In the odd synchronistic way that the world sometimes works, last week I had an email from the British Library. It seems they are in the midst of taking all issues of the second wave feminist journal Spare Rib and digitizing them. My first poem was published in Spare Rib in 1981. I still have my copy of the journal and the accompanying check. The idea of a "real" publication amazed me as I was a college drop out at the time.

But here's a secret: the poem is awful. terrible. embarrassingly bad. And yet. The publication of "Afternoon Swim" meant everything to me. The idea that an editor had deemed my work worthy allowed me the confidence to keep going. I am very thankful to that editor, Zoe Fairbairns. Thankful for the bad poems that lead us all to the good.

Sunday, January 19, 2014

Call for Poems and Elizabeth Austen's New Position as Poet Laureate

Meet Washington State's New Poet Laureate
The Seattle Sea Hawk's win is not the only big news of the weekend. It's official! Elizabeth Austen is the new Poet Laureate of Washington State. Elizabeth is well known to many in Western Washington not only for her stellar poetry collection Every Dress A Decision but also because for many year's she's been the voice of poetry at KUOW. At 3:00 pm on Sunday, February 16th, Elizabeth Austen and Kathleen Flenniken will do a joint reading at Open Books in Wallingford. The afternoon will be a symbolic handing over of the reins from our current Poet Laureate to Elizabeth.

In addition to Elizabeth's new position bringing poetry to all corners of the state, she has just sent out a call for poems. Austen is guest editing Floating Bridge Review's next issue "Help Wanted: The Poetry of Work." Here is what she is asking for --- and by the way --- you don't have to be in Washington to send...

Help Wanted: The Poetry of Work

January 19, 2014 by Elizabeth Austen

It may be that when we no longer know what to do
we have come to our real work -
Wendell Berry

I’m guest editing the next issue of Floating Bridge Review – please consider submitting (and please share this widely — the call is open to all poets, not just those in Washington state).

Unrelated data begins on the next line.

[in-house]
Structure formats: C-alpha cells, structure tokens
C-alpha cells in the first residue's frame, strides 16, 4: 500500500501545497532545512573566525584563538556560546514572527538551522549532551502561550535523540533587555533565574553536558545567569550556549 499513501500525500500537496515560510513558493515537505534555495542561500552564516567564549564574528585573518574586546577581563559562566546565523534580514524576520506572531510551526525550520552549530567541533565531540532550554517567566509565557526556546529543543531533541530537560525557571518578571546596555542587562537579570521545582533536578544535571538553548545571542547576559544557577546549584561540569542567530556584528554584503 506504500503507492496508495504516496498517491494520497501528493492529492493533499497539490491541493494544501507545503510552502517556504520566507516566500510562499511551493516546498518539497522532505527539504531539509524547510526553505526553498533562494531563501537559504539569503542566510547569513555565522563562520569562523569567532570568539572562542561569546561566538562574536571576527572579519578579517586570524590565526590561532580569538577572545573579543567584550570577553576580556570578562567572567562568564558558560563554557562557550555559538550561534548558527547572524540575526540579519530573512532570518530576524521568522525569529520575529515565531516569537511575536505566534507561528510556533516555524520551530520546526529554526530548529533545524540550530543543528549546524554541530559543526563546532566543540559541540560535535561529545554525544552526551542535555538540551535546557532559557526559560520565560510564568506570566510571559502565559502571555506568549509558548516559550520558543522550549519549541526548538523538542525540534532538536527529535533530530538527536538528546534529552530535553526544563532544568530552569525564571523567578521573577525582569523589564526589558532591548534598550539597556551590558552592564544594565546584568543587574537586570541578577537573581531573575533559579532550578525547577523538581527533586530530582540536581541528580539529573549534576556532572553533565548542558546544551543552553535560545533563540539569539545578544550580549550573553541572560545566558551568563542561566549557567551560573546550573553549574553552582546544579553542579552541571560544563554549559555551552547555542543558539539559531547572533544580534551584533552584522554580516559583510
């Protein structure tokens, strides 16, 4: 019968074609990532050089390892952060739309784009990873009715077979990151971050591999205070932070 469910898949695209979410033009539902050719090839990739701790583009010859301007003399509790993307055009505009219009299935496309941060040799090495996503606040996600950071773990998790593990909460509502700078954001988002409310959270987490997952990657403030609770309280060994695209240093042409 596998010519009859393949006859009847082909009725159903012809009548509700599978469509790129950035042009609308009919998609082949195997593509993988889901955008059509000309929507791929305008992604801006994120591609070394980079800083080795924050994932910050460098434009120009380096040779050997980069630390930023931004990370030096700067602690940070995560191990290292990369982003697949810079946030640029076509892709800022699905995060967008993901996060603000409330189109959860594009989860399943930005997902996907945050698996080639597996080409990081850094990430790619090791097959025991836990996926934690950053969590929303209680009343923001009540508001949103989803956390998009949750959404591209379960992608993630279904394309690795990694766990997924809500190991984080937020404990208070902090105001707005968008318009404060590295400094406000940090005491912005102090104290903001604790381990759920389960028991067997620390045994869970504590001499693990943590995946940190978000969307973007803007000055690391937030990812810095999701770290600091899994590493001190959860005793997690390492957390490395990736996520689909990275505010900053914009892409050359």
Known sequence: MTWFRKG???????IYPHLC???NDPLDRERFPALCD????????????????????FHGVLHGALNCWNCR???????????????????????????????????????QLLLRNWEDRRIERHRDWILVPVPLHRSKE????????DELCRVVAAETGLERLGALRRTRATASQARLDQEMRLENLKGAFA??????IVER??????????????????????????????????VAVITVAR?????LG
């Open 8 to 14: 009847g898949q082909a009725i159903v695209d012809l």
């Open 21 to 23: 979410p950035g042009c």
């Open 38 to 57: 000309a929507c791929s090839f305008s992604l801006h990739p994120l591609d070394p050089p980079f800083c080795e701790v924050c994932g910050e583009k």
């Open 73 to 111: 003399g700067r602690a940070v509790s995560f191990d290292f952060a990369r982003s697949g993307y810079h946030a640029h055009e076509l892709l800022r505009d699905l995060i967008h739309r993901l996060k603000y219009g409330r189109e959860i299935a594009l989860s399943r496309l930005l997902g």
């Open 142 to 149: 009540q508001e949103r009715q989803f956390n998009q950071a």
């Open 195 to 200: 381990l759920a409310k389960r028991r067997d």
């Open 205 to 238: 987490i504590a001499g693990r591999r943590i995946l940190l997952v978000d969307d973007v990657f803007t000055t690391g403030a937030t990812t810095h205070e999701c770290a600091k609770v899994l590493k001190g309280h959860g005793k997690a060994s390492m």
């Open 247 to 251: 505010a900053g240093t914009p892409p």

Help Wanted: The Poetry of Work

Work – or the lack of it – shapes our personalities, our days, and our health. For some, it defines our status. Floating Bridge Review #7 seeks poems concerned with the interplay of labor and identity: first jobs, lay-offs, job hunting, unemployment, hard labor, happy hour, housework, sex work, volunteer work, retirement, the multiple and never-ending labors of parenthood.

Submission guidelines:
E-mail up to three previously unpublished poems as a single Microsoft Word document or single PDF file.
Put FBR7 SUBMISSION in the subject line of your e-mail and be sure to include your mailing address.
Send to floatingbridgepress (at) yahoo (dot com). No cover letter needed, but please include a brief bio.
Deadline: March 31, 2014.
We accept simultaneous submissions, but ask that you notify us immediately if the work is accepted for publication elsewhere.
Floating Bridge Review is published by Floating Bridge Press

The quote above is from Wendell Berry’s poem “The Real Work.”

Thursday, January 16, 2014

Moonrise Over Seattle ~ From West Seattle ~ Cloud Pharmacy On Its Way~

Wednesday, January 15th

If Wendy and I hadn't driven along Alki beach last night on our way home from work, I might not have believed this photograph was for real. Trust me, the city glowed last night. The clouds spread across the sky in layers of interconnecting curves that merged into electric hues of violet and pink. This was not the average January sky. 

Perhaps the clouds and the light were heralding in CLOUD PHARMACY which at the moment is somewhere between Bedford Park, Illinois and Seattle, Washington. So far, a snow storm in Minnesota and a delayed train in Illinois have left me with the dubious distinction of  "exception" on my UPS page which is very different from "exceptional." 

As I fret about if the books will arrive in time for me to share with a poets who I will teach on Saturday, I know this is a first class problem. And yet. Right now I've the sensation of the night before my birthday ~ age 6. That sensation of bursting out of oneself with excitement mixed with trepidation. What would it be like to be 7 years old? How would the party go? Who could tell? What will it be like to hold CLOUD PHARMACY in my hands? How will the party go? Wishing for clear skies in all directions: from the train outside Bedford Park to West Seattle, from the poem on the page to the national readings to come.